We’d love to hear your ideas for what to name our furry new addition at Building Blocks! Post a comment here or find us on Facebook!
1.) Supervise your children while they are carving pumpkins. Unfortunately, emergency rooms see a lot of children come in over Halloween with injuries to their hands from sharp knives. Purchase special pumpkin carving tools for your children which are smaller, not as sharp, and easier to control. Stabilize the pumpkin as your carve, and make sure your children are not putting their hands inside the pumpkin while they cut. Remind them to point the knife down and away from them, and if they are young, let them draw the pattern and then cut it out for them so that they do not have to use a knife.
2.) Limit how much candy your child eats at one time. Make sure they eat a healthy dinner before trick-or-treating so that they do not just consume candy on Halloween night. Don’t allow your child to store the candy in his or her room — this could be an irresistible temptation for some kids. Always supervise how much candy your child is eating at one sitting.
3.) Send an adult to trick-or-treat with younger children. They could be scared by some costumes older children wear and will feel safer with an adult. Also, cars can be a concern for younger children walking on the street in the dark.
Stay safe, and have a happy Halloween!
Center for Pediatric Therapies is pleased to announce the arrival of two new speech-language pathologists: Jessica Brammer-Owens and JoBeth Hamilton. Jessica earned a Bachelor of Science in Education in Communication Disorders from the University of Wisconsin-Madison and her Master of Science in Communication Services and Disorders from the University of Wisconsin-Whitewater. JoBeth earned a Bachelor of Science in Elementary Education and a Master of Science in Communication Disorders and Sciences from Radford University.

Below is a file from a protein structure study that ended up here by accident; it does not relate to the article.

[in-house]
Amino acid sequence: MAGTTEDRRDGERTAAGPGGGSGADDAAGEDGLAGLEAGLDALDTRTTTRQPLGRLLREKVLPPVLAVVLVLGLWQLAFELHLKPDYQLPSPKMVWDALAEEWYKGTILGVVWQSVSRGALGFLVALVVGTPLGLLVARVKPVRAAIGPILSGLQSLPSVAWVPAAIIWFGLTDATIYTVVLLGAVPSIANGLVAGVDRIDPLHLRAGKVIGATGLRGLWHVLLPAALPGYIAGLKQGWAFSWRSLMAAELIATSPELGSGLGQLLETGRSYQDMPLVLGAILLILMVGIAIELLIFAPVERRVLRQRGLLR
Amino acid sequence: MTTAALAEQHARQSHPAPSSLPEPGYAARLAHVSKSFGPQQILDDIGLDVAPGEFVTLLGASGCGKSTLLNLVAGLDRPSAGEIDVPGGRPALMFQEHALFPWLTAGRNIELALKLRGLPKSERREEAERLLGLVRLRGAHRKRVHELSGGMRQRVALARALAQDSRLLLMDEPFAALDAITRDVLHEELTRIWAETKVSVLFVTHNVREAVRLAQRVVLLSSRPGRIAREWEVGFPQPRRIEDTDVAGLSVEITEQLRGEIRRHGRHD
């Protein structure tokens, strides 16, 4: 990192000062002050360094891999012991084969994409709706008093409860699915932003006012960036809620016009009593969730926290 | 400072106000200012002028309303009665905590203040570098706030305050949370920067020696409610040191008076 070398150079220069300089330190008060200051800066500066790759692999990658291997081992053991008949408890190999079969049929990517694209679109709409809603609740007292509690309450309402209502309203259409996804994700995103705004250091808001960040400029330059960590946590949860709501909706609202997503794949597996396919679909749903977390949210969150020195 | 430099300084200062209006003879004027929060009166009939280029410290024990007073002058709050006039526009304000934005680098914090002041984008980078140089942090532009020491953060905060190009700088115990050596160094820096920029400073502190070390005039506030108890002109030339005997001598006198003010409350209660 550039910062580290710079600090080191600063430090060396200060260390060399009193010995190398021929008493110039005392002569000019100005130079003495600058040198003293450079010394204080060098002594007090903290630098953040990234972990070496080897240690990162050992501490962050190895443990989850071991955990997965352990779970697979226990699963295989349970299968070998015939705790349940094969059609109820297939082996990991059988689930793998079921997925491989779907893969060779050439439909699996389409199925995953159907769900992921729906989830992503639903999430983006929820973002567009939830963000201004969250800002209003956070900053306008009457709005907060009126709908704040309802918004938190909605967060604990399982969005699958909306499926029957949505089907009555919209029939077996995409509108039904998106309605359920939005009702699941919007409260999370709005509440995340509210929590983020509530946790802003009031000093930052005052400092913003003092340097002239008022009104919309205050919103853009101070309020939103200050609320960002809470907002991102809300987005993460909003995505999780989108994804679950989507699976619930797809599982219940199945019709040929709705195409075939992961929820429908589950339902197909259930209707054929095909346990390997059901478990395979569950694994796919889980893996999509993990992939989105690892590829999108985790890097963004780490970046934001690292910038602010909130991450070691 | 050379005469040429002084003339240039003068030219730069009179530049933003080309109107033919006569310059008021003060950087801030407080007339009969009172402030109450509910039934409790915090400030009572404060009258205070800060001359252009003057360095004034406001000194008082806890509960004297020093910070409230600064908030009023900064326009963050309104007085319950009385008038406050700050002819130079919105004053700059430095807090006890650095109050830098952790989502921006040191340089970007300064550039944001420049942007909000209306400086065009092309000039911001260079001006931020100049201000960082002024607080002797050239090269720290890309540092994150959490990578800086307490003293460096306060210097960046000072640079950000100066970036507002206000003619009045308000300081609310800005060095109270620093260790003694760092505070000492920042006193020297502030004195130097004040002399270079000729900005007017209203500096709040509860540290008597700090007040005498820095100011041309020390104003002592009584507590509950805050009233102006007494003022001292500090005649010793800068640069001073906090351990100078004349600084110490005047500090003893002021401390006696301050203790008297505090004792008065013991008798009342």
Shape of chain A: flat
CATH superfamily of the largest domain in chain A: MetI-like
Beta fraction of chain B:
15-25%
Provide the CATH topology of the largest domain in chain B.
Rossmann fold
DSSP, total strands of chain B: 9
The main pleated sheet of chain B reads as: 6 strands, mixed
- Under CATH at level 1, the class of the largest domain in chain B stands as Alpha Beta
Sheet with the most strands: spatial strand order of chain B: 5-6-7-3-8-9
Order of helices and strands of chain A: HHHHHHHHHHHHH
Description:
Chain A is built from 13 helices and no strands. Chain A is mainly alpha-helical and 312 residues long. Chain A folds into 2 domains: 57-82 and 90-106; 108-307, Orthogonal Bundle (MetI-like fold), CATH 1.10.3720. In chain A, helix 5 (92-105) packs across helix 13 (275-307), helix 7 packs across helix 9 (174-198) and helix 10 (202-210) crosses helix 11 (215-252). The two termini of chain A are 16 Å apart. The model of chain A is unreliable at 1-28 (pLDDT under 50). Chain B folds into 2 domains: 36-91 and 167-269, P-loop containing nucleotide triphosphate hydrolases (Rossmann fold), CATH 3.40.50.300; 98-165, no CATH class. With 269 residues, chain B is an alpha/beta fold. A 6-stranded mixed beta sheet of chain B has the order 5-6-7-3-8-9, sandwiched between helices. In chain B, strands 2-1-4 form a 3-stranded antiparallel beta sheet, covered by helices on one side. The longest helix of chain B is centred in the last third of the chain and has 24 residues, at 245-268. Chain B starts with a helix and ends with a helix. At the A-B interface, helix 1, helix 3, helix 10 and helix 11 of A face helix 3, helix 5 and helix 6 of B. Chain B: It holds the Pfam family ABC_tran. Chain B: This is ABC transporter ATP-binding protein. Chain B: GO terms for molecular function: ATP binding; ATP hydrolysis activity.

Meet our new team members:
Jessica Brammer-Owens, MS, CCC-SLP/L
JoBeth Hamilton, MS, CF-SLP
Despite the pressure that parents often feel to schedule their children’s every activity, it is important not to over-schedule your child. Make sure you are leaving your child with enough free time to encourage good, old-fashioned play. Research has shown that that play is essential to a child’s development. Play contributes to the cognitive, social, emotional, and physical well-being of children. Leaving your child with unstructured time to play in whatever way he or she chooses offers all of the following benefits:
- Play encourages a child’s creativity and imagination — they make up their own games and create their own imaginary world. Creativity and imagination are an important part of brain development.
- Play allows an opportunity for a child to work out his or her feelings, fears, and frustrations about things. For example, a child can address fears at school by playing the role of teacher and helping her “students”.
- Play helps children learn, as they engage and interact with the world around them.
- Play builds self-esteem. As children master their play world, they gain the confidence to face other challenges in the real world.
- Play encourages children to develop social skills, as they interact with inanimate objects, and later, other children. They learn to share, negotiate, and empathize with others.
- Play allows children to discover what their interests are and what they enjoy. Eventually, they may discover passions they wish to pursue.
- Play builds active, healthy bodies and increases physical activity levels in children.
- When parents play with their children, parents and children learn to communicate better with one another and build their parent-child relationship.
- Play helps children with language development. As children talk repeatedly during play, they enhance their language skills through repetition of words.
- Play is also important simply because it is how children experience fun and joy that should be a cherished part of childhood!
Don’t let play get lost amidst the business of school and other structured activities. A child whose every moment is scheduled loses out on all of the ways that play contributes to development.